One of world's most famous waterfalls thunders again after heavy rains

·5 min read

The massive Iguazu Falls site in South America has fully reopened to tourists after torrential rains forced the partial closure of the iconic waterfalls attraction earlier this week.

The falls, made up of 275 cascades tumbling over towering cliffs on the border of Brazil and Argentina, were deluged with five times the amount of rushing water it normally sees from the Iguazu River, which feeds into the canyon.

"Imagine the flow of this river, which is 2,000 cubic meters per second passing through a place, we had flows of 500 cubic meters and now we have flows of 10,000 cubic meters per second," Iguazu National Park Ranger Rodrigo Castillo told AFP.

Rain pounded the region Monday night into Tuesday, dumping nearly a half-inch of rain in the area of the Falls, and about an inch of precipitation about an hour farther north in Salto Del Guaira, Paraguay, AccuWeather data showed.

Visitors take photographs at Iguazu Falls in Foz do Iguacu, Brazil, in this June 14, 2014, photo. (AP Photo/Lee Jin-man)

The overflowing river and subsequent accelerated flow of the falls destroyed much of the railing and footbridges in the steepest section of the park, called Devil's Throat (or "Garganta del Diablo" in Spanish) due to its 269-foot drop. Once they were able to get them replaced, park officials said sightseers were invited back in.

"This amount of water gives the waterfall a unique beauty," Castillo said. "There are many people who come here in a dry season and complain that there is no water. The people who come now and see all this water, it's like something that is also intimidating."

Considered one of the most dramatic natural wonders of the world, these series of waterfalls attract hundreds of thousands of visitors each year. They are second in height only to Victoria Falls, a set of waterfalls at the border of Zambia and Zimbabwe in Africa.

When the falls are flowing at or above capacity, as seen in the video below, they are a magnificent force of nature to behold and to hear.

But the breathtaking Iguazu Falls, with its crashing water, sprays of mist and incredible displays of shimmering rainbows, aren't always overflowing with gallons and gallons of water.

"We're coming from more or less a year of very, very important drought in the area," Castillo noted.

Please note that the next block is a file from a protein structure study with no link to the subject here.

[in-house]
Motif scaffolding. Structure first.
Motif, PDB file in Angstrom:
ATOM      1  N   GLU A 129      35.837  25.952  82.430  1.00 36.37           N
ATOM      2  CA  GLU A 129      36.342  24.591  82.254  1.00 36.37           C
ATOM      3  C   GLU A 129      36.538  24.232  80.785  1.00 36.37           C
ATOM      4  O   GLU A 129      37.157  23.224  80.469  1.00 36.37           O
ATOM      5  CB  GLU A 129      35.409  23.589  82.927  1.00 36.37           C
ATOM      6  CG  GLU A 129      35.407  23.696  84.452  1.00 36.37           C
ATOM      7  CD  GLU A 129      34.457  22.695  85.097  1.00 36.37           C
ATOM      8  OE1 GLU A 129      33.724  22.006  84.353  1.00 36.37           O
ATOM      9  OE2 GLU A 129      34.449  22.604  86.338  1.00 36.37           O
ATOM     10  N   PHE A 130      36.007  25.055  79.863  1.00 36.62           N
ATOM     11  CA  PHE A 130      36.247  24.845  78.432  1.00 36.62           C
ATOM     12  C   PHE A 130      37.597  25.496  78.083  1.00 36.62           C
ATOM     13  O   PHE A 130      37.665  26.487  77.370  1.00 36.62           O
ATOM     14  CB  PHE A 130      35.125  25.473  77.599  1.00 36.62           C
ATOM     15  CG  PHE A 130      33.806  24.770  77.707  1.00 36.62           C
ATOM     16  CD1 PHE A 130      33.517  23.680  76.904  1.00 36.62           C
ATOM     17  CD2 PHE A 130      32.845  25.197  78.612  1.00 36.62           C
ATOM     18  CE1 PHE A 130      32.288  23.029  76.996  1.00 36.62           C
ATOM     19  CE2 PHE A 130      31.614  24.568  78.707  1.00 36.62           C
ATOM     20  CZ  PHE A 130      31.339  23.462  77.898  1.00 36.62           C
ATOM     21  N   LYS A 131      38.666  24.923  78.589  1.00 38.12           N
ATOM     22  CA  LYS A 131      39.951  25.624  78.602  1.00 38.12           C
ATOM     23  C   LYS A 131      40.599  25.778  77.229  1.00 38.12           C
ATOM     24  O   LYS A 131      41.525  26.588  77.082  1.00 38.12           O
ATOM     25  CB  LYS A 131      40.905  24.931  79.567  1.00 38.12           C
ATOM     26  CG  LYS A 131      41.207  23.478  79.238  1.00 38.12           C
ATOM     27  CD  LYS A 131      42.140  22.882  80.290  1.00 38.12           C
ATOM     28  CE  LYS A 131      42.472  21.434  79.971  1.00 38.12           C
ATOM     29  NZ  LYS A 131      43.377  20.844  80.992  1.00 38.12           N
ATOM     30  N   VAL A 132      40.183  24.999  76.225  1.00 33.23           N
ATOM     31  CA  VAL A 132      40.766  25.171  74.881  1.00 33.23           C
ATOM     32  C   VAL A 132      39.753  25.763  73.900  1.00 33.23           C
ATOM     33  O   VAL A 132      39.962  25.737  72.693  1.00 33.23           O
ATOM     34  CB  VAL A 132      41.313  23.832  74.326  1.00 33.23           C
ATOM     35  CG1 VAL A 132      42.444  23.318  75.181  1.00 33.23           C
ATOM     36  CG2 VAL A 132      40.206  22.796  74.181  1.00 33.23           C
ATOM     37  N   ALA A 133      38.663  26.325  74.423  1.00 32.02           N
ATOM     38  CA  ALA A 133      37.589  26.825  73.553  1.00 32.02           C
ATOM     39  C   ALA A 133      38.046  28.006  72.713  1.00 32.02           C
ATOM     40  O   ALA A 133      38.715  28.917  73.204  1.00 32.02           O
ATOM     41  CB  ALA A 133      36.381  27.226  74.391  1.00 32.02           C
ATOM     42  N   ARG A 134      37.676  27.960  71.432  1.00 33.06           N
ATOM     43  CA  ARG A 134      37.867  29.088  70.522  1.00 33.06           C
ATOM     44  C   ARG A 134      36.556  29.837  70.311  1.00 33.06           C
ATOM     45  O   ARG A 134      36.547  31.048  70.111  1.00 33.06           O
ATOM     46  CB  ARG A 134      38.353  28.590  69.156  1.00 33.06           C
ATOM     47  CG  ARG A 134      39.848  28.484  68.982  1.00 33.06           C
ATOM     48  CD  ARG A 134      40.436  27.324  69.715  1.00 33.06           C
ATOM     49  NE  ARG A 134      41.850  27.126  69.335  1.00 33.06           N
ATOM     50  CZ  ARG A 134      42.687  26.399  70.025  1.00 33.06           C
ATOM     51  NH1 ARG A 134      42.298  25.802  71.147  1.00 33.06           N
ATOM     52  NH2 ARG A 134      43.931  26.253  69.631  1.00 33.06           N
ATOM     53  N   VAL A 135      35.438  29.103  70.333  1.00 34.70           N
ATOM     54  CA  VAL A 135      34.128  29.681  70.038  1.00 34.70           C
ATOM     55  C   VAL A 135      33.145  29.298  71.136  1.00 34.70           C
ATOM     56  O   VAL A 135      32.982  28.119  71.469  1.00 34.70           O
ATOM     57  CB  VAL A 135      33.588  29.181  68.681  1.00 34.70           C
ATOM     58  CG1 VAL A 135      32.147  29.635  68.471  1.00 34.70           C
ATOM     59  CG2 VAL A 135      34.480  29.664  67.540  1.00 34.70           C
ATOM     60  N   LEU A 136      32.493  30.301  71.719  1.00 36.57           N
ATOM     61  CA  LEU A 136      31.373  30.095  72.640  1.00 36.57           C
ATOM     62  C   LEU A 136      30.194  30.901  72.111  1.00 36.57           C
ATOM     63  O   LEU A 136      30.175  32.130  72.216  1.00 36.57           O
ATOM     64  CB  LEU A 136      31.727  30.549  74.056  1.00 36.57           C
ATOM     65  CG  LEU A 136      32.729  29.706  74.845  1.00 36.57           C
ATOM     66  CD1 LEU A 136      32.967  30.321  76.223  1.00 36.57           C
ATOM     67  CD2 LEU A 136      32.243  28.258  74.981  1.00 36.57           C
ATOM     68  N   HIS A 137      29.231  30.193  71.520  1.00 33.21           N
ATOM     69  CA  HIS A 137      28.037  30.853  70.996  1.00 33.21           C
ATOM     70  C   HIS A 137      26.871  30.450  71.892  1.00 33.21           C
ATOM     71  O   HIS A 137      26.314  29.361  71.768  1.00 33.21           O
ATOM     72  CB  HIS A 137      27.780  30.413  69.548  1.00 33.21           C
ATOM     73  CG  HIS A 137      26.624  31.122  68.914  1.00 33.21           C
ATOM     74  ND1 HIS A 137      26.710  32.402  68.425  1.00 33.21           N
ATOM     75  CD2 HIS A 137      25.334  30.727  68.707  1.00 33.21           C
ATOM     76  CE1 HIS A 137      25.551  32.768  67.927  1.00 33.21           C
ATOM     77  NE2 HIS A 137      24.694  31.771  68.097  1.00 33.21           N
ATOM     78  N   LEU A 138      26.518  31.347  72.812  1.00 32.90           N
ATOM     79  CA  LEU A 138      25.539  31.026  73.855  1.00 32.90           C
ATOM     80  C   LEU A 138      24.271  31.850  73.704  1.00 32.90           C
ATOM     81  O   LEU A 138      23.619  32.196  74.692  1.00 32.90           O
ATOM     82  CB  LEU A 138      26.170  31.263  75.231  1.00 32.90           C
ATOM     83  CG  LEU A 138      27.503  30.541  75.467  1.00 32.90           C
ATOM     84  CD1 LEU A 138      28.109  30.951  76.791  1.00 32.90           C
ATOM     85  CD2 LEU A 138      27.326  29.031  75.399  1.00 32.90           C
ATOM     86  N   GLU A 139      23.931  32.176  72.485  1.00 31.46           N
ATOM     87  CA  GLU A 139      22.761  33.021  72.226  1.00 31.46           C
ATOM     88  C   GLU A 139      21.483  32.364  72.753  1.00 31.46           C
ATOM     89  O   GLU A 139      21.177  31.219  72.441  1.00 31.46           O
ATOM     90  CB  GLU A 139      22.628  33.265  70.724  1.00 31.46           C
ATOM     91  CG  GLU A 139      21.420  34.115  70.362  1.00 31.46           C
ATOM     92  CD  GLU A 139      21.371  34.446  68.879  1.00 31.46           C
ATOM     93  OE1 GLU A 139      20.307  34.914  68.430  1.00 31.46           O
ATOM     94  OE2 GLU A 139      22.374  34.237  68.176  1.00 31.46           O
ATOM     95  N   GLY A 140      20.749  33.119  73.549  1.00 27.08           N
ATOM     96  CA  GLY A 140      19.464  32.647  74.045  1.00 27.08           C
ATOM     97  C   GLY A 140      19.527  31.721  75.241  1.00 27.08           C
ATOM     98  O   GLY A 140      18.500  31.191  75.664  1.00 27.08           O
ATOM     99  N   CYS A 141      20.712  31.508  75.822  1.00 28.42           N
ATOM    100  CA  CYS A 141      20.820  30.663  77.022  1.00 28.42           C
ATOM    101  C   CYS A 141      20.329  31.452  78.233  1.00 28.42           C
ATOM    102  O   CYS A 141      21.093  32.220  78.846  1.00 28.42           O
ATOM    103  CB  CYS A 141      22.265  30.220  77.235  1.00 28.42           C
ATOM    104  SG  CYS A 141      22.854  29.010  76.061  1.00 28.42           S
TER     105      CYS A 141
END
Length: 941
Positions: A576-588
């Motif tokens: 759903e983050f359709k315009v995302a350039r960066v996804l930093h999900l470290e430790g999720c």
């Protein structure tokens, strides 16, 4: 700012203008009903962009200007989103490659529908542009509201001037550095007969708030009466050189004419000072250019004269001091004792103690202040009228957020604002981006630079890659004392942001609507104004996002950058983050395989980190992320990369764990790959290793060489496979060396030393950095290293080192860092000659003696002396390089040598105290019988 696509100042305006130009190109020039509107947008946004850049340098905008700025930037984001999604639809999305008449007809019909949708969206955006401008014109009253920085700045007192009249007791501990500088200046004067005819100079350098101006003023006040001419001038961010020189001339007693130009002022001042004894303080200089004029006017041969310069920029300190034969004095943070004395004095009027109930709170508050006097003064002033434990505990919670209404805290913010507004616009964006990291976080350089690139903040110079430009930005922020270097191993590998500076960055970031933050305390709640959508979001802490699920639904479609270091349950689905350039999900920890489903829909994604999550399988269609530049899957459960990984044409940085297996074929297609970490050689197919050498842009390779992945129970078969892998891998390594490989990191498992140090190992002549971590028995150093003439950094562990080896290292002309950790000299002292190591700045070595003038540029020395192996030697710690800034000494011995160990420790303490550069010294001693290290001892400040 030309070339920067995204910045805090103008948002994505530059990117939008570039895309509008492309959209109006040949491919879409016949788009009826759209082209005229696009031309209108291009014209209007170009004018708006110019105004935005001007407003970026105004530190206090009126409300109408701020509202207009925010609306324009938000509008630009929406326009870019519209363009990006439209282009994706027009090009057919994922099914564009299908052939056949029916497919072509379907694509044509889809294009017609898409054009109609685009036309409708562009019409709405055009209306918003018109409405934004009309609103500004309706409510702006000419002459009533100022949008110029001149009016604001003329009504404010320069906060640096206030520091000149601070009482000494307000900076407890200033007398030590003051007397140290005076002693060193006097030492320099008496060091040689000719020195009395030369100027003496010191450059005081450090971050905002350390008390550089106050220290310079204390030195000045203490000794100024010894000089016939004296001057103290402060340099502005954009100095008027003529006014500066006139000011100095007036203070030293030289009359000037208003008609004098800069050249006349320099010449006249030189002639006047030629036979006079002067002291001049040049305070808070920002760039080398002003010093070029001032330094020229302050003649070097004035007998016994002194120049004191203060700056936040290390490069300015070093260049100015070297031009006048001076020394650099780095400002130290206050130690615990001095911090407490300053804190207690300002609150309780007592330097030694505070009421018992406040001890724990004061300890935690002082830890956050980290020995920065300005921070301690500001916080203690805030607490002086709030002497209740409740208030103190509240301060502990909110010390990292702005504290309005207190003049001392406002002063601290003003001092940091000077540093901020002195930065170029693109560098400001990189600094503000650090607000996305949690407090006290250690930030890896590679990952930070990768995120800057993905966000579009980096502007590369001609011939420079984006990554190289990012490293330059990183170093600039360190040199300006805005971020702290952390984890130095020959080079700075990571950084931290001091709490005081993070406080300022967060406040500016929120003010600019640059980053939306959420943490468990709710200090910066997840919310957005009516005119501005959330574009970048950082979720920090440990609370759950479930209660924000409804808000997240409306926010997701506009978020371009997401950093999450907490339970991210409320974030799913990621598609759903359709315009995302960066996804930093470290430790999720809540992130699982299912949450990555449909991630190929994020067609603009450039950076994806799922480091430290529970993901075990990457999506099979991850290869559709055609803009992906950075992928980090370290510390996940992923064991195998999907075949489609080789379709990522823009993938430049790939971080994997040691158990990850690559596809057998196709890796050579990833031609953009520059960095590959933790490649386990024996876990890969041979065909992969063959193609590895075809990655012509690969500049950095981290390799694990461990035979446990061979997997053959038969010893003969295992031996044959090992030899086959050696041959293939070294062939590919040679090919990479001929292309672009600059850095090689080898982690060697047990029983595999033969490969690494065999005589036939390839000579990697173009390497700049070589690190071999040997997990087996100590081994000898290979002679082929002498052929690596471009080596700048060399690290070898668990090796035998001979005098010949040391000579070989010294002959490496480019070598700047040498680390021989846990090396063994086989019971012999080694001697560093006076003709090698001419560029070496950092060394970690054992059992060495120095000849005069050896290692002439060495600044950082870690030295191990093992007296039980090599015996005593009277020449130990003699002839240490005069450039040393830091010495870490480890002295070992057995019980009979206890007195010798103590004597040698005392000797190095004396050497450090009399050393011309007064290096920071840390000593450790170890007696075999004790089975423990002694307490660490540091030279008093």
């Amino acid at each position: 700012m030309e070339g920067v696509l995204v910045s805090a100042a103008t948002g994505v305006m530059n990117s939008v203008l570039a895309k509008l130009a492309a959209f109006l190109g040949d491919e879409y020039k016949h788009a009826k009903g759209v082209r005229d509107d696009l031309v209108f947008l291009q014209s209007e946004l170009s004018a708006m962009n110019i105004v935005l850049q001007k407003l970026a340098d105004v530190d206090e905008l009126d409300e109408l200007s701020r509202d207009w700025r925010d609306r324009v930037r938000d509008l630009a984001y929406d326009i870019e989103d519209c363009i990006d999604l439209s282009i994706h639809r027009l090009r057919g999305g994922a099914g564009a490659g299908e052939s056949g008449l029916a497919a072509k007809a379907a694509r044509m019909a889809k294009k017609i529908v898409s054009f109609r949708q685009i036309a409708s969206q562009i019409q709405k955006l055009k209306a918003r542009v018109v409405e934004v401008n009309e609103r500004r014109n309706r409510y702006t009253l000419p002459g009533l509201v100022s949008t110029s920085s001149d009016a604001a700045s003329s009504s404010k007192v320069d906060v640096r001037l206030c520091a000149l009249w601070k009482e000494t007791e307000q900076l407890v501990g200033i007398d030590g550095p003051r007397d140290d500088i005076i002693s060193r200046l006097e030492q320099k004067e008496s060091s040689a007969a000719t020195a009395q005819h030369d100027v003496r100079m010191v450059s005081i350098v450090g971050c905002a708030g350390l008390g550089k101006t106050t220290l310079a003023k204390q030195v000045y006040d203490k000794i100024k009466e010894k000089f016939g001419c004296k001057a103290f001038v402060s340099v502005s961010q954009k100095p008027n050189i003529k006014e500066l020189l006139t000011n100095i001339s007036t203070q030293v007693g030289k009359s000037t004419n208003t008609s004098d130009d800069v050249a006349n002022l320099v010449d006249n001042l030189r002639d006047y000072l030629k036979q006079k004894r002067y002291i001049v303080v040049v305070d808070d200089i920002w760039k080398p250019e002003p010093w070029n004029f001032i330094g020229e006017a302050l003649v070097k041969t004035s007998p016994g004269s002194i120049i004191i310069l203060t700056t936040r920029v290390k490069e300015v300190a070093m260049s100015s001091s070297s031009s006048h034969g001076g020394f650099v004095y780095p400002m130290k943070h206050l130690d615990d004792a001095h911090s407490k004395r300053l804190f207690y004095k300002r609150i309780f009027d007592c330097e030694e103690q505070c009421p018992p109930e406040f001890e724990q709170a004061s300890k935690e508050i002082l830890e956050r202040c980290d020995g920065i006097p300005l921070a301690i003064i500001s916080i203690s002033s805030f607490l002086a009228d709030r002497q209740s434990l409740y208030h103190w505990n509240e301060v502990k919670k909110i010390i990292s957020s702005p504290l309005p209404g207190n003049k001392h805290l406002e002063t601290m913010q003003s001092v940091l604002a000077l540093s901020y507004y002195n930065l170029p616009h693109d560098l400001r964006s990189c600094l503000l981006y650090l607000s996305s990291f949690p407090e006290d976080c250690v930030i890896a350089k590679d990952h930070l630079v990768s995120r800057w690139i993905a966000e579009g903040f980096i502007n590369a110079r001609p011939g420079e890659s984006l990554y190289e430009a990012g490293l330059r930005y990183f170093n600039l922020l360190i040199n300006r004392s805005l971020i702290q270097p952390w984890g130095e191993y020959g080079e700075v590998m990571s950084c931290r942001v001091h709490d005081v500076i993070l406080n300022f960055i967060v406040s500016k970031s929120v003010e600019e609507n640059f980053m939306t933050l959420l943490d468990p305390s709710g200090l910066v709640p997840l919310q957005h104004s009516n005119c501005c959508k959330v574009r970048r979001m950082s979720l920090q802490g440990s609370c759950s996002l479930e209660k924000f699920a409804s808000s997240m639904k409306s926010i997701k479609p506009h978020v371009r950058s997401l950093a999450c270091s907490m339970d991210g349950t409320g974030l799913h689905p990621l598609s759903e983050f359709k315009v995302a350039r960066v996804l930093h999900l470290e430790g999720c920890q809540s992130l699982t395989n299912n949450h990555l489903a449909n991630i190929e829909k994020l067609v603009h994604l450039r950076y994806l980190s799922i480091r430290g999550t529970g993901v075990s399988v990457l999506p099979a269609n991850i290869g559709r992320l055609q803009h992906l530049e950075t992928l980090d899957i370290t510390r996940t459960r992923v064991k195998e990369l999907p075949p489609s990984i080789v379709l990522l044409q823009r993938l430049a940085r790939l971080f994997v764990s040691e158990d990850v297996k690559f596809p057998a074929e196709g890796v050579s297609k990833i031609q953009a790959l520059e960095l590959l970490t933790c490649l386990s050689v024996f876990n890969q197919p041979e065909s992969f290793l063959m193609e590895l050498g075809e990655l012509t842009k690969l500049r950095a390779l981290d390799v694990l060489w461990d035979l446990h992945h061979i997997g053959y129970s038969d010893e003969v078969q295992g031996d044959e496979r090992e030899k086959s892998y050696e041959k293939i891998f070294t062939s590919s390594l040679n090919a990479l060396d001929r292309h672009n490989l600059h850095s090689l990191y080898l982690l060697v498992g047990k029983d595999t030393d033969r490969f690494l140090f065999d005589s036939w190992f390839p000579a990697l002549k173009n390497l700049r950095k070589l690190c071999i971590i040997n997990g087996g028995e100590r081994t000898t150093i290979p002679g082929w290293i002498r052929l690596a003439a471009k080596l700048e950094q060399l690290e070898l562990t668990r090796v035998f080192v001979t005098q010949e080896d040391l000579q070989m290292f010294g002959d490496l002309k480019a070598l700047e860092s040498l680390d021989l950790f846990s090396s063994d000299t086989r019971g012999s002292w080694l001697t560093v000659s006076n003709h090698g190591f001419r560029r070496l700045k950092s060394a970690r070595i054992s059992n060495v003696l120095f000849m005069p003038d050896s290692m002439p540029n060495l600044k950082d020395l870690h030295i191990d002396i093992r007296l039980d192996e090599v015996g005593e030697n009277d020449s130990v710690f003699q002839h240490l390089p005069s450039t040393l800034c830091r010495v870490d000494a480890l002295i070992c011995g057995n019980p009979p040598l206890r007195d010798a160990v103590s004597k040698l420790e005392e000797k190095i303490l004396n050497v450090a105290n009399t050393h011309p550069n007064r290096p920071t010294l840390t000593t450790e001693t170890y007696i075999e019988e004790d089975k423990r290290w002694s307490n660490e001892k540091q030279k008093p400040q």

A drought in 2020 saw the Falls' thundering cascades dry to a trickle at a time when it typically reaches its peak.

From April to May 2020, the falls experienced an abnormally dry "rainy" season -- which in Brazil typically stretches from December to April -- causing the Iguazu River to move at only 13% of its usual flow by the end of April, Reuters reported. Rainfall was sparse during other months as well.

"Rainfall was well below normal from January through April 2020," AccuWeather Senior Meteorologist Jason Nicholls said at the time, adding that November 2019 was the last month that experienced wetter-than-normal conditions.

This March 15, 2015 file photo shows tourists wearing plastic ponchos trying to stay dry in the spray of Iguazu Falls in Brazil. (AP Photo/Jorge Saenz)

Nicholls attributed the lack of rain during the wet season mostly to a weak central Pacific El Niño, when above-normal sea surface temperatures developed across the region. The last time the falls had dried up this drastically, Nicholls said, was in 2006, also during a mostly central Pacific El Niño, a pattern that can affect the weather around the world.

The falls, as a result, slowed drastically. Iguazu looked like a collection of streams, the basin below relatively undisturbed.

Although the drought was more moderate than severe, its impacts were largely seen across the two nations and amplified by the pandemic.

At the neighboring Parana River, which was at its lowest level in 50 years by the end of April 2020, ships were left stranded and hydropower production weakened, according to Reuters. Concern began to grow as northeastern Argentina government officials began to worry about the availability of water for drinking and hand washing during the pandemic.

Also, Victoria Falls started drying up in 2019 and by the fall of 2021 was still recovering from a drought that had left its falls nearly barren.

This March 15, 2015 photo shows a rainbow at Iguazu Falls from the Brazilian side in Foz do Iguazu, Brazil. (AP Photo/Jorge Saenz)

Fortunately it didn't take that long at Iguazu Falls. By June 2020, the majestic scene was roaring back to life, the river bursting over the falls and once again creating the iconic scene of rainbows in the mist.

The thundering cascades were helped even more by this week's heavy rainfall.

"This amount of water gives the waterfall a unique beauty. There are many people who come here in a dry season and complain that there is no water. The people who come now and see all this water, it's like something that is also intimidating," Castillo, the park ranger, said.

The South American park, a designated World Heritage site, draws nearly 2 million visitors each year, according to UNESCO.

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